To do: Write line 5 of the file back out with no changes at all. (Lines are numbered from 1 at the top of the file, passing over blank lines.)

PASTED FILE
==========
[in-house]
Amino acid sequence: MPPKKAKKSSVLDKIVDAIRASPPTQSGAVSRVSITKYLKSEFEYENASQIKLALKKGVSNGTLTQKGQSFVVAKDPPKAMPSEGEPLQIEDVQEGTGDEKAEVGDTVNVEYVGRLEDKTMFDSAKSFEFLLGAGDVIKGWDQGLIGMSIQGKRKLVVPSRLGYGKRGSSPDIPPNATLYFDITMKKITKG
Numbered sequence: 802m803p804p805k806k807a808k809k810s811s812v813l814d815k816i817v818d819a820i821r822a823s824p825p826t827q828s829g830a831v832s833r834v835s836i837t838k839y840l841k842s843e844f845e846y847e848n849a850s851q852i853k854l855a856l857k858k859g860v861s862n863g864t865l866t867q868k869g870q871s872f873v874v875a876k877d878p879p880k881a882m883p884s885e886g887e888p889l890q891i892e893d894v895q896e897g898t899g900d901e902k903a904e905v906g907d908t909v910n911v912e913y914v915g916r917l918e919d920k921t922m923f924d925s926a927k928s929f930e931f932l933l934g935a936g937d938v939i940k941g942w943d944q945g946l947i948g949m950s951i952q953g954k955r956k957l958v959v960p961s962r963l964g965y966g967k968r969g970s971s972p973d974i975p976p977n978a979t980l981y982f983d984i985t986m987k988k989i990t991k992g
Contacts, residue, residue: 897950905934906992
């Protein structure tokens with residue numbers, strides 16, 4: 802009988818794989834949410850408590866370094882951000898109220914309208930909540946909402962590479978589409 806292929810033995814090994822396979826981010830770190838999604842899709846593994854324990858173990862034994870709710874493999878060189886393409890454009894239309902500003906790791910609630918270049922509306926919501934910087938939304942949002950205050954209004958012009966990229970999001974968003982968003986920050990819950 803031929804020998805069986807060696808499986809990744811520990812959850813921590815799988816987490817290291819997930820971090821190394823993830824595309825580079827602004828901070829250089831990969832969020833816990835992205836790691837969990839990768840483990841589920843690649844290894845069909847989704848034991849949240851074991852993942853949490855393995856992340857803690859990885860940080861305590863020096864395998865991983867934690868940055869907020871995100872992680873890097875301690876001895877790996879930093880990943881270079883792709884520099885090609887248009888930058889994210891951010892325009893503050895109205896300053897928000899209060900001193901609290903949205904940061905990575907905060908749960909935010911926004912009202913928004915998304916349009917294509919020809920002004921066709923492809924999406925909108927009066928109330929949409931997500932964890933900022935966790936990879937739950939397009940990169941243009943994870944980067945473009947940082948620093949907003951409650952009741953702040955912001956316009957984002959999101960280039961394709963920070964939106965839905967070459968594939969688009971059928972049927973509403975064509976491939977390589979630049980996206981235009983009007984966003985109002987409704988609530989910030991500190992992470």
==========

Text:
């Protein structure tokens with residue numbers, strides 16, 4: 802009988818794989834949410850408590866370094882951000898109220914309208930909540946909402962590479978589409 806292929810033995814090994822396979826981010830770190838999604842899709846593994854324990858173990862034994870709710874493999878060189886393409890454009894239309902500003906790791910609630918270049922509306926919501934910087938939304942949002950205050954209004958012009966990229970999001974968003982968003986920050990819950 803031929804020998805069986807060696808499986809990744811520990812959850813921590815799988816987490817290291819997930820971090821190394823993830824595309825580079827602004828901070829250089831990969832969020833816990835992205836790691837969990839990768840483990841589920843690649844290894845069909847989704848034991849949240851074991852993942853949490855393995856992340857803690859990885860940080861305590863020096864395998865991983867934690868940055869907020871995100872992680873890097875301690876001895877790996879930093880990943881270079883792709884520099885090609887248009888930058889994210891951010892325009893503050895109205896300053897928000899209060900001193901609290903949205904940061905990575907905060908749960909935010911926004912009202913928004915998304916349009917294509919020809920002004921066709923492809924999406925909108927009066928109330929949409931997500932964890933900022935966790936990879937739950939397009940990169941243009943994870944980067945473009947940082948620093949907003951409650952009741953702040955912001956316009957984002959999101960280039961394709963920070964939106965839905967070459968594939969688009971059928972049927973509403975064509976491939977390589979630049980996206981235009983009007984966003985109002987409704988609530989910030991500190992992470």